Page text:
Pre-flop play

So hopefully you have a good idea which hands to play and now you’ve been dealt one of those combinations. How should you play it?

If you are playing the game with fixed betting limits, there is very little room to be clever with the betting. You should raise and re-raise with solid hands, especially if you have position after the flop.

Pot limit poker is great because it combines large bets (often larger than would be made in a no limit game) with short odds to call (never more than 2/1). With that knowledge there are two trains of thought about how to play pre-flop for pot limit Omaha Eight or Better. One school suggests playing all hands aggressively (assuming you’re only playing premium hands) thus allowing you to make larger bets after the flop and punish people for trying to out-draw you. The other recommends prudence before the flop, still playing premium hands only, but calling and making decisions on the flop based on the betting patterns of others and thus offering a degree of what we call “pot control”.

I recommend a mixture of the two. One common mistake players make in Omaha Eight or Better is that they only raise the nuttiest of nut hands. This is a mistake as it makes you easy to read. At the same time, pot betting in early position can be expensive if you find a call and a re-pot behind you and you’re facing a frighteningly large bet with only a rough A-3-x-x.

Look at your position, your hand and what you want to achieve. Does your hand play better heads up, or is it a multi-way hand? Hands that suffer with lots of players in the pot are A-A or K-K based high hands. You ideally want to get these hands heads up, so that, even if you don’t make a set, there's a good chance you still hold the best high, or a draw to it. Your aim with these hands is getting a call from an A-2-x-x hand which you can push off a high flop.

Alternatively, if you found yourself on the button with a hand like A-3-Q-Q with four limpers, you should limp along and look to hit the flop with either a 2 (that would counterfeit players holding A-2-x-x) or a Queen. Again, with position, you’ll have a lot of information once the flop is dealt. These marginal hands or most high-only hands require you to be priced in before the flop.

How do you keep people from putting you on A-A-x-x or A-2-3-x for a pre-flop raise? Firstly, don’t always bet the pot. In pot limit poker, it is fairly standard to see players bet the pot whenever they want to raise, especially pre-flop. In brick and mortar card rooms players often get a nasty shock after announcing, “Pot!”, only to discover that their bet is twelve times the big blind! An opening raise in pot limit allows you to first call the big blind and then raise the blind, your bet and the small blind. That means three and a half bets. If there has already been a pot raise and you “re-pot” it, it’s going to be your call of those three and a half bets plus a raise of seven more. Stick a smooth call in between and you can quickly see how large the betting in pot limit becomes.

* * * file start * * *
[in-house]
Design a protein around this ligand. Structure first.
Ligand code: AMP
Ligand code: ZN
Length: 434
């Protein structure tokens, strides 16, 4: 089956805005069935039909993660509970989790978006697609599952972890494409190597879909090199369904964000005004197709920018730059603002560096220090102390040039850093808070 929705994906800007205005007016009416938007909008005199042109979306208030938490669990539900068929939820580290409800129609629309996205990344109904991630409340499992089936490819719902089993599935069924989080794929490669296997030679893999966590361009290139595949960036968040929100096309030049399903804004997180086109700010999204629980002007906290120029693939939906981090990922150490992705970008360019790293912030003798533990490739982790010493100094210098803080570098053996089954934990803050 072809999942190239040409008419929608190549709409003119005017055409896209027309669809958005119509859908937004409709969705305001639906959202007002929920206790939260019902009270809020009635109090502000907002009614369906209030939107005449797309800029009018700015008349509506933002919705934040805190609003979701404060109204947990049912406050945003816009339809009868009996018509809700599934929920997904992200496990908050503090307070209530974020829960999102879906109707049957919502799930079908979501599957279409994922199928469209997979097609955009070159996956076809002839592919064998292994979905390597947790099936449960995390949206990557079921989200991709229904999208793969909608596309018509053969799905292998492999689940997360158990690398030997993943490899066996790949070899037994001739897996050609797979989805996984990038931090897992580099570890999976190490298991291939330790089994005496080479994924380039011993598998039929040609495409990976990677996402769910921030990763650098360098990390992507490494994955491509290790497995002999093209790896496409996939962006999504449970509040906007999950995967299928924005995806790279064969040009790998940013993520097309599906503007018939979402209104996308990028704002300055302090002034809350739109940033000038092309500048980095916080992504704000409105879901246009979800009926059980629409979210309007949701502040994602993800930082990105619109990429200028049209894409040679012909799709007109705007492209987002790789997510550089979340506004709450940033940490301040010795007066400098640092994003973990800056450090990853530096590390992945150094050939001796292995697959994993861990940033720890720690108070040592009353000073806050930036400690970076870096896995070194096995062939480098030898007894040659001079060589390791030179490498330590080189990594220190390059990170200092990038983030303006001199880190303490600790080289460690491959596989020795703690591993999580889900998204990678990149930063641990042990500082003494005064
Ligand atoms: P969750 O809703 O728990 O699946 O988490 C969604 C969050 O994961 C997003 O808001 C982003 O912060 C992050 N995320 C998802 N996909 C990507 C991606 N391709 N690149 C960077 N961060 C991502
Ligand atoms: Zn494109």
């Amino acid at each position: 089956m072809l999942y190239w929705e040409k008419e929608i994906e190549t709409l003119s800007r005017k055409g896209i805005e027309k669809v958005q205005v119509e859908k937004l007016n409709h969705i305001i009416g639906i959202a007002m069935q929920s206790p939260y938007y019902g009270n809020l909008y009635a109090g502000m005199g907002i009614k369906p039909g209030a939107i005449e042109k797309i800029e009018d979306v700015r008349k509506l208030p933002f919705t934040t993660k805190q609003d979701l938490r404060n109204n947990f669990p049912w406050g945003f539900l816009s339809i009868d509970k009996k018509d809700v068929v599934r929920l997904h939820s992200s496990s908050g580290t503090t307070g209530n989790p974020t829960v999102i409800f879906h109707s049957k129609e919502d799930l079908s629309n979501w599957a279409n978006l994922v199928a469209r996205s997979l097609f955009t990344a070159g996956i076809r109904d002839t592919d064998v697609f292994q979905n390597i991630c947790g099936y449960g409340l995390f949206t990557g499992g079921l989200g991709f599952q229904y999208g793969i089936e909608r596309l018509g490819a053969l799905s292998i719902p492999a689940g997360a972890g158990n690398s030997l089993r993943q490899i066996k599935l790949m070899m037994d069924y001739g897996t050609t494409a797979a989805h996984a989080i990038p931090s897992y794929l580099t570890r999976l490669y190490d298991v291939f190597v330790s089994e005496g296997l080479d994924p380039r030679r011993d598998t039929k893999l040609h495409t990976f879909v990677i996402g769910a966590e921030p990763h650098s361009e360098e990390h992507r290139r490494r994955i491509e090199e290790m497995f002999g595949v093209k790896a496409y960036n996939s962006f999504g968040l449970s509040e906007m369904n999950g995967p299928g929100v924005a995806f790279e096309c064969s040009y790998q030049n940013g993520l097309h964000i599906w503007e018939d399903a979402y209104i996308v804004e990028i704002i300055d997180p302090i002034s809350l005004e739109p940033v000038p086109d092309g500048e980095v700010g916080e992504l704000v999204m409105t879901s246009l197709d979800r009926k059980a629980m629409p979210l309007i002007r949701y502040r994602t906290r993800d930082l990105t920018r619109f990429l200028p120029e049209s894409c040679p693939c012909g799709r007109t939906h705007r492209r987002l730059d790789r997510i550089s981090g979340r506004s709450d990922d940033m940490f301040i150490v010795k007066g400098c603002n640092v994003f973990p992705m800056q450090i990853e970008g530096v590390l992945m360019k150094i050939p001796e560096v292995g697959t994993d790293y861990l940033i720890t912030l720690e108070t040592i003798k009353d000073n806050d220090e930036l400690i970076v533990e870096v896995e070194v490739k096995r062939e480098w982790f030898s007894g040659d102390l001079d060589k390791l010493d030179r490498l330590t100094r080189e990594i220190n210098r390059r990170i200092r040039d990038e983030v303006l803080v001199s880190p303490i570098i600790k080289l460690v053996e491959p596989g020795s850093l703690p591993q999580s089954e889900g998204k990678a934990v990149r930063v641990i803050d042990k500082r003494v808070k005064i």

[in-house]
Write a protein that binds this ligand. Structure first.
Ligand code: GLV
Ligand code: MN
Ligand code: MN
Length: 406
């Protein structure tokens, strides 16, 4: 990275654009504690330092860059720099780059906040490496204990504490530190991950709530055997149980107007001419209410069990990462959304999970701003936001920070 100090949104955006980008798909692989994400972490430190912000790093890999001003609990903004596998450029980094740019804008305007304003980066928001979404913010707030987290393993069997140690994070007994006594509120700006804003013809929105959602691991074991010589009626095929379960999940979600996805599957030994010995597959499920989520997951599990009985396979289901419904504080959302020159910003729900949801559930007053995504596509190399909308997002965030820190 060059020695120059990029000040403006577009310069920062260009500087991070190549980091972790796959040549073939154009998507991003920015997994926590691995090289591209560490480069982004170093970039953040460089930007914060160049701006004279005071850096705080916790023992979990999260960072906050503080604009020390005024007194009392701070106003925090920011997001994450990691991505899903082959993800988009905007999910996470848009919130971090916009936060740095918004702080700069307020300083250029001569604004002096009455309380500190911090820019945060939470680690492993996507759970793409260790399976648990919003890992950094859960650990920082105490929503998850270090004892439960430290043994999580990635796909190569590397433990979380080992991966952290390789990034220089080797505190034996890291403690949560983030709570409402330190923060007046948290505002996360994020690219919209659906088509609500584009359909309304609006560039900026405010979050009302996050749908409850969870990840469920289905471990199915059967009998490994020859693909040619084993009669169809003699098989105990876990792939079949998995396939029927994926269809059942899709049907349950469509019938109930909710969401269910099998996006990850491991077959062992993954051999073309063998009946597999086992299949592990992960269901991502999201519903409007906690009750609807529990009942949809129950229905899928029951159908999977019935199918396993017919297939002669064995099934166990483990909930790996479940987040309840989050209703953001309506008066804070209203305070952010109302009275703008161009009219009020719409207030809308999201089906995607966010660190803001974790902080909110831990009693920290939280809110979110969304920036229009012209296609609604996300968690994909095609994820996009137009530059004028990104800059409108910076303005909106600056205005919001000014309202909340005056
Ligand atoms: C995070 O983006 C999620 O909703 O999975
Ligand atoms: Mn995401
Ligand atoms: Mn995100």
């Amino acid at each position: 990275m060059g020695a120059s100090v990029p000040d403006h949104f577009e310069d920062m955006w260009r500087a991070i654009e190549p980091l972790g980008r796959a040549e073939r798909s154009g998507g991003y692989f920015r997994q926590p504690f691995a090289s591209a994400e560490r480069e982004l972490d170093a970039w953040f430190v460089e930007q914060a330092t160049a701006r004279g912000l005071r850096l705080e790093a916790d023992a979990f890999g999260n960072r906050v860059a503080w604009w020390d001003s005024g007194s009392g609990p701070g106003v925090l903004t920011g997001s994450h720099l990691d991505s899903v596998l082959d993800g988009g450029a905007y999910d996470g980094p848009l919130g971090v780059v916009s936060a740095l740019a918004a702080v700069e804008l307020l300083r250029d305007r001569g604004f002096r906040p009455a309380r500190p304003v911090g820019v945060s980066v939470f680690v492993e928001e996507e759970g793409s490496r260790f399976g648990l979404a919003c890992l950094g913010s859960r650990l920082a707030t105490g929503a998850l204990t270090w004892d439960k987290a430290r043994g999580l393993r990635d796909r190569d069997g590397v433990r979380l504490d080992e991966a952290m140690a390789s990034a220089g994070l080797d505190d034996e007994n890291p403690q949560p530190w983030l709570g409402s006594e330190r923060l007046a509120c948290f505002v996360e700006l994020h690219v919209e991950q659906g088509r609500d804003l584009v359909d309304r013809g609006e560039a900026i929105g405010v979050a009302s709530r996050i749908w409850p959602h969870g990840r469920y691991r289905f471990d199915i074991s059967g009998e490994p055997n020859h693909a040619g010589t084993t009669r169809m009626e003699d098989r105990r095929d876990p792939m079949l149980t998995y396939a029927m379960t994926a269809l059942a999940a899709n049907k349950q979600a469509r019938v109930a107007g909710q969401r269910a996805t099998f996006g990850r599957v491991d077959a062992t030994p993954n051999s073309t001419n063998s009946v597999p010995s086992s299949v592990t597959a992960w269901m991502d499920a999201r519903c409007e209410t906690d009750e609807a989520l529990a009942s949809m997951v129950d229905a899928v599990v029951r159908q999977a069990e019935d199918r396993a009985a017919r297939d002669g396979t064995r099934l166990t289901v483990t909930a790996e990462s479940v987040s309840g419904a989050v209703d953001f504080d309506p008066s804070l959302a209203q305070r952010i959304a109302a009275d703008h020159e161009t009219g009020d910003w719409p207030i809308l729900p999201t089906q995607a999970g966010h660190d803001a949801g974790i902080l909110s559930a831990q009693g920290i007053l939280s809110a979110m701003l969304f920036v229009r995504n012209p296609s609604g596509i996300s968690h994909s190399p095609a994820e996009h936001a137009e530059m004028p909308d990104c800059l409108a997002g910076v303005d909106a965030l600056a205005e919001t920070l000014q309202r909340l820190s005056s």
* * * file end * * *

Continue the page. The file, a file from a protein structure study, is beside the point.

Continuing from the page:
You should usually bet somewhere between the minimum raise and the pot bet at any point in any position pre-flop. This is whenever you have a raising hand. You should tend towards a pot bet, probably two thirds of the time. Try to use the Dan Harrington method of randomising your play, using the second hand on your watch and the section of the face it happens to be crossing to help keep these bets random but in proportion.

You will spot a lot of players who limp into every pot, regardless of their holdings. This, they believe keeps their hands a mystery and protects them from playing big pot poker (the pot control I mentioned before - we will come on to this topic later). This is possibly an okay strategy in fixed limit games, especially very “loose” ones, where lots of players are seeing each flop and most hands go to showdown. However, pot limit is no place for the fearful and the only thing that limping in achieves is an increase in the pot sized bet the player will be facing when someone in late position raises. You can exploit these players by raising in position knowing that, if they call, they have something, but if they fold, it just cost them that bet.

Pot control, therefore, is the skill of keeping the size of the total bets where you want them to be. The different factors to consider here include the odds of you hitting your own hand or redraw, if you have one, the odds of your opponent making the hand you put them on, and the overall stack sizes of the players involved. If a player has less bets left than the chips in the middle, they are potentially committed to the hand.

Aggressive players will aim to build big pots so that they can make large bets and put their opponents to difficult decisions where as more cautious layers may try to play small-ball poker so that they can not be exploited in this way. Pot control is easiest to attain when in position and is another strong reason for not playing hands when too far from the button.

One final word on pre-flop play; Omaha eight or better is a pretty game to play, you get lots of cards and will virtually always pick up some sort of draw on the flop with them. But don’t fall into the trap of playing lots of hands, let the people calling you do that. Play good hands and the occasional semi bluff/high-only with position. Other players will notice you playing tight but still won’t be able to resist playing their lesser hands. Solid pre-flop play can really ease your post-flop decisions which i will cover in the next section of this tutorial.
More Advices And Tutorial in Oamaha Coming Soon,